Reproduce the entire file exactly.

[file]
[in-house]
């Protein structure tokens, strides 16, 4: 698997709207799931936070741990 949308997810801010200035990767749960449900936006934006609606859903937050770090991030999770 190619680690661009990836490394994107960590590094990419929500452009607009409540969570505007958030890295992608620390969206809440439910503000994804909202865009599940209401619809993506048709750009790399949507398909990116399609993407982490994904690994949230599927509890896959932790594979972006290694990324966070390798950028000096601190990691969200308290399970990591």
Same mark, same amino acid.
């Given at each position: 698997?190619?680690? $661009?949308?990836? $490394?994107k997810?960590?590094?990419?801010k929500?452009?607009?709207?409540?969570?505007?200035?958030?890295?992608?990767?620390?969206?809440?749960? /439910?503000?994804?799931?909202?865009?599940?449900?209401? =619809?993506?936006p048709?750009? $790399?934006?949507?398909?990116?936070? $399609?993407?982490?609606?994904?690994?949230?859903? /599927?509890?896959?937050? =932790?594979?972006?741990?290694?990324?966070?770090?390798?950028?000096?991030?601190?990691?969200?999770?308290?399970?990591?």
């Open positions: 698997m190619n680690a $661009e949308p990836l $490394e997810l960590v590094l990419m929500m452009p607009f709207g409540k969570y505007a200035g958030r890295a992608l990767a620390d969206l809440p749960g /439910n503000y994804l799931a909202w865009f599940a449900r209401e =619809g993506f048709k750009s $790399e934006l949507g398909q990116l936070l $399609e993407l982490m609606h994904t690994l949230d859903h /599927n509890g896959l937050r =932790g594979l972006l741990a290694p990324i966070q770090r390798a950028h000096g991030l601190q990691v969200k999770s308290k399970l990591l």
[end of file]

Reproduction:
[in-house]
């Protein structure tokens, strides 16, 4: 698997709207799931936070741990 949308997810801010200035990767749960449900936006934006609606859903937050770090991030999770 190619680690661009990836490394994107960590590094990419929500452009607009409540969570505007958030890295992608620390969206809440439910503000994804909202865009599940209401619809993506048709750009790399949507398909990116399609993407982490994904690994949230599927509890896959932790594979972006290694990324966070390798950028000096601190990691969200308290399970990591």
Same mark, same amino acid.
């Given at each position: 698997?190619?680690? $661009?949308?990836? $490394?994107k997810?960590?590094?990419?801010k929500?452009?607009?709207?409540?969570?505007?200035?958030?890295?992608?990767?620390?969206?809440?749960? /439910?503000?994804?799931?909202?865009?599940?449900?209401? =619809?993506?936006p048709?750009? $790399?934006?949507?398909?990116?936070? $399609?993407?982490?609606?994904?690994?949230?859903? /599927?509890?896959?937050? =932790?594979?972006?741990?290694?990324?966070?770090?390798?950028?000096?991030?601190?990691?969200?999770?308290?399970?990591?």
């Open positions: 698997m190619n680690a $661009e949308p990836l $490394e997810l960590v590094l990419m929500m452009p607009f709207g409540k969570y505007a200035g958030r890295a992608l990767a620390d969206l809440p749960g /439910n503000y994804l799931a909202w865009f599940a449900r209401e =619809g993506f048709k750009s $790399e934006l949507g398909q990116l936070l $399609e993407l982490m609606h994904t690994l949230d859903h /599927n509890g896959l937050r =932790g594979l972006l741990a290694p990324i966070q770090r390798a950028h000096g991030l601190q990691v969200k999770s308290k399970l990591l």